The Japanese tea ceremony (Chanoyu) embodies the philosophies of Zen Buddhism and is in itself a form of meditation. The Zen phrase, ‘ichi-go ichi-e’, literally translated as ‘one time, one meeting’, perfectly captures the beauty and essence of the Japanese tea ceremony. It serves as a pertinent reminder that the present moment is a unique and impermanent experience. Performed mindfully between two people, the ‘ordinary’ act of drinking tea becomes an opportunity to experience spiritual refreshment and a deeper sense of harmony within the universe.
The Chinese Buddhist practice of self-cultivation and the essential wisdom of the Japanese Tea Ceremony have ever-increasing value in today’s fast paced world. The world as we currently know it, as well as the many technological advances that brought it into being, can be characterised by a deficit of both slowness and continuity (Andre 2014): alarms alert the morning rush, meetings fill up busy diaries, cars and trains transport rushing commuters and conversation is often superficial and hurried. Coffee shops have boomed; temples to the worshipers of instant gratification and quick caffeine hits. Pausing is seen by many a busy mind as a hindrance that must be avoided in the name of restless productivity.
For many, this way of living has led and continues to lead to increased stress and mental health issues. Fortunately, mindfulness training has boomed in response to this growing deficit in mental wellbeing. It has helped many people to find a deeper sense of inner peace and an appreciation for living more mindfully. In simple terms, to live mindfully is to awaken from the state of being in which the mind wanders between thoughts of past or future, and, instead, opens up to the infinite possibility of the present moment and the beauty of the most subtle of experiences.
Following in the footsteps of the monks of China, many students of mindfulness have discovered that the medicinal benefits of tea facilitate a deeper sensitivity to the transitory nature of reality and connectedness to the present moment. From spirituality to science (only briefly), it is the chemical components of tea that help to facilitate this; the caffeine in tea, theine, bonds with the tannins in the tea which allows for slower absorption into the body, resulting in a calming effect.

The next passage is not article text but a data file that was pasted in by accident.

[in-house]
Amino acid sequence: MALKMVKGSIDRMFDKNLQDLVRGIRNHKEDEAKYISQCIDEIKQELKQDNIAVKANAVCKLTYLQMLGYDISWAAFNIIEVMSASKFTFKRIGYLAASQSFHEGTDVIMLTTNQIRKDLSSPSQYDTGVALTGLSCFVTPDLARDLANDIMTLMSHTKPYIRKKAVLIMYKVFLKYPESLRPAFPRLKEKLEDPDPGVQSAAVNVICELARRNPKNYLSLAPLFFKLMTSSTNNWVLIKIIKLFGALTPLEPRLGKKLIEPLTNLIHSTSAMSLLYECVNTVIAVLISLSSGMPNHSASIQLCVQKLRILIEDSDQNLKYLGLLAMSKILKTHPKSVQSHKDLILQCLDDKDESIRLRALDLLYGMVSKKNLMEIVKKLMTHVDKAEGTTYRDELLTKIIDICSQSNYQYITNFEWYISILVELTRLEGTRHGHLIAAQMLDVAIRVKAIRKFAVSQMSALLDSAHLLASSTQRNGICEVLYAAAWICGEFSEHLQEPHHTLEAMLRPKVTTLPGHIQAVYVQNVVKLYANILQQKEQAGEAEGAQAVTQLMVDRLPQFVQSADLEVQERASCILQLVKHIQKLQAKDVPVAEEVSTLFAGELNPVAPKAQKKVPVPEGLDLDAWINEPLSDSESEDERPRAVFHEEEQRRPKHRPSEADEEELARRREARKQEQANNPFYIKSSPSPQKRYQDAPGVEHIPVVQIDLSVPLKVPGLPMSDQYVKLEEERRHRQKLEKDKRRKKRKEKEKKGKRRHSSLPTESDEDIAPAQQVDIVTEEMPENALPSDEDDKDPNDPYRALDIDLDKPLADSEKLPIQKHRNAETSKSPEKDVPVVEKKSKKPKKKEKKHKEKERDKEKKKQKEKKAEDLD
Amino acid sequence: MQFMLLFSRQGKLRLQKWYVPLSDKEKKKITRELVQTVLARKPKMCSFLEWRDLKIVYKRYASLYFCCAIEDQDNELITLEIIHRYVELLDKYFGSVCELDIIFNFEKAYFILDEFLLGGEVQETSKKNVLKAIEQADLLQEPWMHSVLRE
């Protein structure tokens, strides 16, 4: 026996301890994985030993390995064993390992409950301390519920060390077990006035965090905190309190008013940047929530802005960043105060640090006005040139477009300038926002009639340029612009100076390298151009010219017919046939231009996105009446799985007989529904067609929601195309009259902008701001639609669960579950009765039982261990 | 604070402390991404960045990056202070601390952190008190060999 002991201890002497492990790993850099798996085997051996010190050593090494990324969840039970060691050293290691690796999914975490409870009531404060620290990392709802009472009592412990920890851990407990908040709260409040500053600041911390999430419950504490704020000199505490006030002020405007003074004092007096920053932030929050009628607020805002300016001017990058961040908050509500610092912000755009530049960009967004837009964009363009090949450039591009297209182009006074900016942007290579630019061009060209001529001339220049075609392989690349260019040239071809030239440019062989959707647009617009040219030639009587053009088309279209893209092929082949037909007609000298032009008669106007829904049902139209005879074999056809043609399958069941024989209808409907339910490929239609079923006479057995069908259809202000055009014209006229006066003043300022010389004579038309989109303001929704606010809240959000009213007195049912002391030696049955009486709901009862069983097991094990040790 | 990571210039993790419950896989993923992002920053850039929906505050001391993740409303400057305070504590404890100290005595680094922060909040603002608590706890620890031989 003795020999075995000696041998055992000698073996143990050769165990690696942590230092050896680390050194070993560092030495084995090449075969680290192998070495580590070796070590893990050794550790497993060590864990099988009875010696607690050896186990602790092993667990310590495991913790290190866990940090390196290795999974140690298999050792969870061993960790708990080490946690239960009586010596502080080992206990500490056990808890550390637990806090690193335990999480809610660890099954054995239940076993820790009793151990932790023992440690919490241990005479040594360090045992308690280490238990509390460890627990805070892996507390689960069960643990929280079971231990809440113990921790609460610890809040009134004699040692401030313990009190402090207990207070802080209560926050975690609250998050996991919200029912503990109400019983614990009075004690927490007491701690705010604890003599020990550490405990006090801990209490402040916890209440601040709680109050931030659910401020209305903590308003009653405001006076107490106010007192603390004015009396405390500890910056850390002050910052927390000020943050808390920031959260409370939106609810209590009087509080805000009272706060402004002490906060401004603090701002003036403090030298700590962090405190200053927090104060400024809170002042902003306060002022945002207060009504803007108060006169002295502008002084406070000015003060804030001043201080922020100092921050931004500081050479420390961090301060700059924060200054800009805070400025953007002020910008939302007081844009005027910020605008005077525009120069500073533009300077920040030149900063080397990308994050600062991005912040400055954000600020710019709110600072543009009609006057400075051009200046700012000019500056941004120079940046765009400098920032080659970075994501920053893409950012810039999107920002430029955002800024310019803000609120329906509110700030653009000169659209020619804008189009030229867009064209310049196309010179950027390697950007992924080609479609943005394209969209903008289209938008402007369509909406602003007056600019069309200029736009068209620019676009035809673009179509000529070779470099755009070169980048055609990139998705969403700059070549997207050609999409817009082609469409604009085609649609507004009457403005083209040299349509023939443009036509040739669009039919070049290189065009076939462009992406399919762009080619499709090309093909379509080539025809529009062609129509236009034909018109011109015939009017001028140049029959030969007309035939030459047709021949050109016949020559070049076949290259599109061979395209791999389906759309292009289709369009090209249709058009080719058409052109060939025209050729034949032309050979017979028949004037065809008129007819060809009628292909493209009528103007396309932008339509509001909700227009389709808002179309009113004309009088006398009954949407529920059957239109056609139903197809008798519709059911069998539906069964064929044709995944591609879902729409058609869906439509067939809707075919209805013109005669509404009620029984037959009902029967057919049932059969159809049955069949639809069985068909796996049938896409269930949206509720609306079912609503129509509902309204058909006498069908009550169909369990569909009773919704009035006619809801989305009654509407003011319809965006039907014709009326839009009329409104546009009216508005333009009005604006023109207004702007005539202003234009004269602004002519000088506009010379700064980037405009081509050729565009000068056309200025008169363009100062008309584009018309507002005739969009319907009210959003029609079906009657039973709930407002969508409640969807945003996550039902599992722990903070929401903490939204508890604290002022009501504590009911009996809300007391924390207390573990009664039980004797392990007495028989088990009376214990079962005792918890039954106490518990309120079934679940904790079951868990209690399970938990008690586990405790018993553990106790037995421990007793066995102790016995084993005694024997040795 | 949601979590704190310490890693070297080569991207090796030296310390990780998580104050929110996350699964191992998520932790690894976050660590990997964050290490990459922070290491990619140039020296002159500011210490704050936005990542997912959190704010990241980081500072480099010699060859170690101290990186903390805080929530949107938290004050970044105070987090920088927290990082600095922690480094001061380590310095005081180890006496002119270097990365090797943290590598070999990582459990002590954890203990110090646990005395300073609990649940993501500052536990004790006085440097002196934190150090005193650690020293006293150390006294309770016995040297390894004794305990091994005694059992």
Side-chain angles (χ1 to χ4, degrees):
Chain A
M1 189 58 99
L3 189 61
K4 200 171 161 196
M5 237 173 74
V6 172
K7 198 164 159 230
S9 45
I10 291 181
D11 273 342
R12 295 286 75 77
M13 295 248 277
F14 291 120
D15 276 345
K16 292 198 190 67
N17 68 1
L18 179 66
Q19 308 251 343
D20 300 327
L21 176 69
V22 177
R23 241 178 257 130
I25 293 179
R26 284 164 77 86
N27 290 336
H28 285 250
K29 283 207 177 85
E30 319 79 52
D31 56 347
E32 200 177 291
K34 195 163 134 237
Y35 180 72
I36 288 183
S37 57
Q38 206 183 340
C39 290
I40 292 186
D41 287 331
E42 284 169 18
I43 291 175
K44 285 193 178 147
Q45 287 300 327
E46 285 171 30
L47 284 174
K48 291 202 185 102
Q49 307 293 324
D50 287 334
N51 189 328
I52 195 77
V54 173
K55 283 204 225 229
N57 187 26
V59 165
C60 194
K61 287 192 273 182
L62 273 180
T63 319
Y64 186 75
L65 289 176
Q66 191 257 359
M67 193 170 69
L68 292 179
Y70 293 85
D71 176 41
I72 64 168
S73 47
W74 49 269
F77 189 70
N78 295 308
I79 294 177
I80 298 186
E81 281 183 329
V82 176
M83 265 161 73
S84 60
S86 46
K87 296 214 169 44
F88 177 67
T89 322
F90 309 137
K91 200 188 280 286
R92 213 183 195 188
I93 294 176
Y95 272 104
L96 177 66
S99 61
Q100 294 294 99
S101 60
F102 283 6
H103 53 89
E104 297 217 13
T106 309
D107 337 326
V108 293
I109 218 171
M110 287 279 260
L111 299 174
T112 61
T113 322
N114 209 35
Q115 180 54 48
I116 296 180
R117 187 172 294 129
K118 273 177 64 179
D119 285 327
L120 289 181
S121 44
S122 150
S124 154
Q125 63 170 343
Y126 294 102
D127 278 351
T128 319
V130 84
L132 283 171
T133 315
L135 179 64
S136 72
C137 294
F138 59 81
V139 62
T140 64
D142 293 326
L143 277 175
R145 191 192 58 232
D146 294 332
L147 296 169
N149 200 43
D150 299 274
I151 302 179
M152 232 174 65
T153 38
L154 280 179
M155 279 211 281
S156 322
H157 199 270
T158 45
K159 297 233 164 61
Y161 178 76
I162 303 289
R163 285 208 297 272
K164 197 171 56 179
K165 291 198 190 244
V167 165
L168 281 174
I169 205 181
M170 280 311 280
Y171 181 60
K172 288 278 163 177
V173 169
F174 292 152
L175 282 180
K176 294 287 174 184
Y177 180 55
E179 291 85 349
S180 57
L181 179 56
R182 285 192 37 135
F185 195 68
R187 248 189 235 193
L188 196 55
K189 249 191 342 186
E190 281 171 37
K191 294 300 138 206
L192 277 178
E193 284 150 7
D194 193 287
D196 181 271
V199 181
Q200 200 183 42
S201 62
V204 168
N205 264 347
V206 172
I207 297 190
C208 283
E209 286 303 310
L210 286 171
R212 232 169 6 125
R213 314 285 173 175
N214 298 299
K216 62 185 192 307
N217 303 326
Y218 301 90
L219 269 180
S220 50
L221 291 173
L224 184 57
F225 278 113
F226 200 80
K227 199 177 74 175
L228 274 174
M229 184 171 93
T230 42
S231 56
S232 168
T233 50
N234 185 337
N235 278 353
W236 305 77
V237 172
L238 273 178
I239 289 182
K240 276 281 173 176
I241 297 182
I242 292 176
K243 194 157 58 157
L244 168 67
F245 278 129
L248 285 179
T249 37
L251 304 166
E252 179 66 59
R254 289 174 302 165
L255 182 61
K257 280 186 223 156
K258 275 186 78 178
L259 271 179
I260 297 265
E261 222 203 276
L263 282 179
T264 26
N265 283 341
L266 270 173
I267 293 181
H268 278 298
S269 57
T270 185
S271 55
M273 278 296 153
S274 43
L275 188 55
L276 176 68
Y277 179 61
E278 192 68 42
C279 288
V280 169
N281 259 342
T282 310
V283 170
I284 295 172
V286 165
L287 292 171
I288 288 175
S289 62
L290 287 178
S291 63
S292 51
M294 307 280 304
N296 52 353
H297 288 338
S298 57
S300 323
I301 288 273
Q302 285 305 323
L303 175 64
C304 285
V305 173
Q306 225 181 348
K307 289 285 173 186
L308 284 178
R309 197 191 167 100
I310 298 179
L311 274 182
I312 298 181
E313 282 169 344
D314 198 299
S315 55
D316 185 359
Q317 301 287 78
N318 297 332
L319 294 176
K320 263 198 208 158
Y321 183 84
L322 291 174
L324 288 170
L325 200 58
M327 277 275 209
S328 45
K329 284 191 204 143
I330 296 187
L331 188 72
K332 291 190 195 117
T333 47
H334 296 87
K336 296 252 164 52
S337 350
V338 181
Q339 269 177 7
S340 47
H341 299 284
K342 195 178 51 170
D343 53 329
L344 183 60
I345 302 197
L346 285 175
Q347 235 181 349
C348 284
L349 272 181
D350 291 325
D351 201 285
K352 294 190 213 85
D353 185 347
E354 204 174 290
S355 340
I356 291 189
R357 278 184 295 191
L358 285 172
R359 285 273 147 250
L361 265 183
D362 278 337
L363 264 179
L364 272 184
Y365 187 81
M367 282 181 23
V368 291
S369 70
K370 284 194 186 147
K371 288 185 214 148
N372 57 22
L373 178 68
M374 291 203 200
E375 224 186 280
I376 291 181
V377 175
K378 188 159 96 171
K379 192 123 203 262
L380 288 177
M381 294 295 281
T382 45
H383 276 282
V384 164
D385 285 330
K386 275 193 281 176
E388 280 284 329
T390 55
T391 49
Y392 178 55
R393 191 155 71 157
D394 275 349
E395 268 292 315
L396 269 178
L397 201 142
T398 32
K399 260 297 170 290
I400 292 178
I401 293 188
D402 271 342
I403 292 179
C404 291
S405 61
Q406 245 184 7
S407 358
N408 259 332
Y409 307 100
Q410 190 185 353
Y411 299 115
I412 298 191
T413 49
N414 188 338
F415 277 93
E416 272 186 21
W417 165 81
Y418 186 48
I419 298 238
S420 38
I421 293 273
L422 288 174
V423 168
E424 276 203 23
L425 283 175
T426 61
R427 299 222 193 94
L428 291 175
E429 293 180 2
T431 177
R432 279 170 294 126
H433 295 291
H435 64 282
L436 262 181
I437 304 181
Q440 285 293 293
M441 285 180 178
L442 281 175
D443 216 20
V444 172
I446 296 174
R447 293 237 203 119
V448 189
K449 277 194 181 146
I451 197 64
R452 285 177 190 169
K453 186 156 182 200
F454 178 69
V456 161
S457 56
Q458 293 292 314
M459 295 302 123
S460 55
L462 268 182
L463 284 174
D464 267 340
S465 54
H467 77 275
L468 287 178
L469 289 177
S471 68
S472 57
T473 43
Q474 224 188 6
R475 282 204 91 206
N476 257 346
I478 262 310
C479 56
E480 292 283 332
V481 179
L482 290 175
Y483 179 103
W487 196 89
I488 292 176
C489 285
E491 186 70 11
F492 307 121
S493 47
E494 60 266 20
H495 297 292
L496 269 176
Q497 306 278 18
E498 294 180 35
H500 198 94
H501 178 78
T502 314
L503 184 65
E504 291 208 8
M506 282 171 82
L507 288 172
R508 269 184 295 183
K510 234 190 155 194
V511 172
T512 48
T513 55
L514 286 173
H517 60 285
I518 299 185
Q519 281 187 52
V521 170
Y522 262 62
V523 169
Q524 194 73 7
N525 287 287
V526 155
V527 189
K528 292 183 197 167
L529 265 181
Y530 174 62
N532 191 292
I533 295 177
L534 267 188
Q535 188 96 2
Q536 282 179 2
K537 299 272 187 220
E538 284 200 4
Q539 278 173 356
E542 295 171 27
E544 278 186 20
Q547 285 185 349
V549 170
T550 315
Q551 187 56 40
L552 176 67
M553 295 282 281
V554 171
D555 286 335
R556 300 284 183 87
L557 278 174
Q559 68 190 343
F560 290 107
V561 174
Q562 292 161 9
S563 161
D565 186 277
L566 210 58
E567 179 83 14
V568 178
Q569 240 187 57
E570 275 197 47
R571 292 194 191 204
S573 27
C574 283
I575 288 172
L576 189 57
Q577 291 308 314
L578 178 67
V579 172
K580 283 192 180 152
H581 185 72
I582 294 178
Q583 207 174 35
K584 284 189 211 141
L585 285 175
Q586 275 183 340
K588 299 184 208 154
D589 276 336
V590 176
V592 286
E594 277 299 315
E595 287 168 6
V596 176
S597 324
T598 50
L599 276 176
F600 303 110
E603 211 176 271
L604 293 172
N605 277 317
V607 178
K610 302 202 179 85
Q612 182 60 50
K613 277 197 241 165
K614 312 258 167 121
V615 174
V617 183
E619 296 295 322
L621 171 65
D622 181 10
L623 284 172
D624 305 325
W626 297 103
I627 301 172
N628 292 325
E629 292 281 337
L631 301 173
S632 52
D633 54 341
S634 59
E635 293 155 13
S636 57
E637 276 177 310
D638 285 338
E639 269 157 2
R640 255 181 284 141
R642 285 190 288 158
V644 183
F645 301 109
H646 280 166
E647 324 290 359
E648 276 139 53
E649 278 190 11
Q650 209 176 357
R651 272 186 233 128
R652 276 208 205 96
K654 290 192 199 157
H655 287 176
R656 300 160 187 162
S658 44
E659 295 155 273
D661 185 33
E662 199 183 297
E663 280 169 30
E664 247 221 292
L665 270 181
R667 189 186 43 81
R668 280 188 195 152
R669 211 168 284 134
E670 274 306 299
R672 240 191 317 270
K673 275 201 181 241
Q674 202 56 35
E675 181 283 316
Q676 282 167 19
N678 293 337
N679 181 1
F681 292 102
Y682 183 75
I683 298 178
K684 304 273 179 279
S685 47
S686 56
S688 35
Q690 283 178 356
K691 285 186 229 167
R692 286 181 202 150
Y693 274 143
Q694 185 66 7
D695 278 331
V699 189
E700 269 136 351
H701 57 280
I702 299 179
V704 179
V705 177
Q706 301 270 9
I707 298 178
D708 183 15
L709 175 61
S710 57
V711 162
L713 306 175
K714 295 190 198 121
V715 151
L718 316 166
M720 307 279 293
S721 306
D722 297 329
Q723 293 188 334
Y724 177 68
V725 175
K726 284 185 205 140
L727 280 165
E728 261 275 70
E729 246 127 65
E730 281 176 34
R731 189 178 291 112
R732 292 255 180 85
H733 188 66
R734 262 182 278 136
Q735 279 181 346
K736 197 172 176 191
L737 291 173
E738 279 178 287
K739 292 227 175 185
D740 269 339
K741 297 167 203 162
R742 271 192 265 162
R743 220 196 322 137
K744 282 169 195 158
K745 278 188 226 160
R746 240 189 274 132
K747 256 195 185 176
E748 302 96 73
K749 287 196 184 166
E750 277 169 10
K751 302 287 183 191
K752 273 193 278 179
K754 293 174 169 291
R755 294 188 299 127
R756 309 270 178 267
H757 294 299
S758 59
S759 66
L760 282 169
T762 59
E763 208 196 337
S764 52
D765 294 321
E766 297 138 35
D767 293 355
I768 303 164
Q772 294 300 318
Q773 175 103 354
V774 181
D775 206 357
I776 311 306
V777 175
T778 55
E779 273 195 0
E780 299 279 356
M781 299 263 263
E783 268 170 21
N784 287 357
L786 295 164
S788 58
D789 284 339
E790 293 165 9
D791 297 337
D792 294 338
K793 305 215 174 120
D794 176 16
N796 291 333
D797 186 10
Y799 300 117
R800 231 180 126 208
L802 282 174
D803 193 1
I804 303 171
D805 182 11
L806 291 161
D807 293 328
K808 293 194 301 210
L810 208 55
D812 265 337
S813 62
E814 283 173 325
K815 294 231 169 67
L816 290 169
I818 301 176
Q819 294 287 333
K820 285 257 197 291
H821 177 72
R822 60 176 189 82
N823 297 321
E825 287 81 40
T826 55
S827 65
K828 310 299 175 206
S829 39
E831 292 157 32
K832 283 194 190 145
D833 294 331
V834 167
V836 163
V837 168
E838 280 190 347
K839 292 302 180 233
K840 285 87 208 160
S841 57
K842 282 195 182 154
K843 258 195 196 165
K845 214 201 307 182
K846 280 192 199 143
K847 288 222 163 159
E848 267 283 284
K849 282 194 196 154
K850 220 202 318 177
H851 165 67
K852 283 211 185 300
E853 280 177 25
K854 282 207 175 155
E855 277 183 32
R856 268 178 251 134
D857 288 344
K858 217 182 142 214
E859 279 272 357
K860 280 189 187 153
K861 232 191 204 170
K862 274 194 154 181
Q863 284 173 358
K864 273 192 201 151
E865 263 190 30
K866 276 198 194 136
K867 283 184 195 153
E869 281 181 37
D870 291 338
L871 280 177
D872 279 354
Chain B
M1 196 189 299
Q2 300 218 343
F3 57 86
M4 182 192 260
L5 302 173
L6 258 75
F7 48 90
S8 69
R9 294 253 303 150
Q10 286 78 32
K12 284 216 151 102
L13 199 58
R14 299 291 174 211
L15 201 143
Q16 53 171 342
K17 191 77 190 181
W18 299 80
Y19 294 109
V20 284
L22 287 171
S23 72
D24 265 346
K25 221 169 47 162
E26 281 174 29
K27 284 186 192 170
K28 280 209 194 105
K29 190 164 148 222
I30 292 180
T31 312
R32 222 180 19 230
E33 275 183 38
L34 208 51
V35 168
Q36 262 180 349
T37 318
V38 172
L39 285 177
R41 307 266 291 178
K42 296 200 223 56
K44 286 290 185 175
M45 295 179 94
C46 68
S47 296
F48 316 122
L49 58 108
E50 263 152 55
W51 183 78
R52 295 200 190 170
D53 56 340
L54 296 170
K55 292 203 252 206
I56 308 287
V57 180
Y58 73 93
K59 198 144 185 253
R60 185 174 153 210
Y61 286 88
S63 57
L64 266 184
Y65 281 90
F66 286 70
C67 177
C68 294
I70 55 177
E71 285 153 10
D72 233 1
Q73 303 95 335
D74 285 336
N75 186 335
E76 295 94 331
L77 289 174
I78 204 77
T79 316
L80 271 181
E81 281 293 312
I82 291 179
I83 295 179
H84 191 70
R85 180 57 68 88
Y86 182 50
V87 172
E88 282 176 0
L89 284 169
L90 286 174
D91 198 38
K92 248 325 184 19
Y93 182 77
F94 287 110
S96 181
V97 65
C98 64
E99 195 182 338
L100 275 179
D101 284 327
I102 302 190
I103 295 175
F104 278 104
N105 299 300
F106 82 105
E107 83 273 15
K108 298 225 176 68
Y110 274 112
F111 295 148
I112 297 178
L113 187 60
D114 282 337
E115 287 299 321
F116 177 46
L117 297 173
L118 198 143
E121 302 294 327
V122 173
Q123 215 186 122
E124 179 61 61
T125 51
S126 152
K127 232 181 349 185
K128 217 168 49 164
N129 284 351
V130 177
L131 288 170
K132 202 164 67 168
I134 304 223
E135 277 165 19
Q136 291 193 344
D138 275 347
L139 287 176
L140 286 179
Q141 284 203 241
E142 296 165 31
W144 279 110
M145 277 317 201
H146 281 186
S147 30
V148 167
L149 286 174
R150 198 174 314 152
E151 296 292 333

“In tea, caffeine stimulates the central nervous system and the cardiovascular system by enlarging the diameter of the vessels in the cerebral cortex. When ingested in coffee, caffeine has a direct effect on blood circulation through the coronary system, stimulating an acceleration of the heart rate. In other words, tea is more of a stimulant than an excitant. It sharpens the mind, increases concentration, eliminates fatigue and enhances intellectual acuity.” (Tea History Terroirs Varieties)
In the spirit of the Japanese Ceremony, the experience of drinking tea can itself be the subject of our mindfulness and an opportunity to find some space in our lives. To prepare fine tea in a manner reverent to the effort that produced it, the mind needs to be focused and attentive. When preparing tea, we consider the perfect harmony of temperature and leaf. While drinking, we are warmed by the cup, lifted by the aroma and nourished by the taste of earth, sun, winds and clouds. The humble act of drinking tea gives us an opportunity to stop and acknowledge our place within the universe.
Tea’s soothing effect on the mind is also perhaps why tea lovers are so fond of sharing a ‘cuppa’ with friends and loved ones. Through the experience of patiently preparing a cup of tea, people become united in a simple process that leads to a moment of comfort and calm amongst the hectic world. While drinking tea, conversation seems to flow effortlessly and sincerely from a place of mutual fulfillment: the world put to rights, marital arguments resolved, old friendships rekindled, bereavement softened and wisdom shared from old to young. A cup of tea unites us in our shared humanity and is ever present during moments of human compassion.
Mindfulness: 25 Ways to Live in the Moment through Art Christophe Andre
Tea History Terroirs Varieties 2014 Kevin Gascoyne and Francois Marchand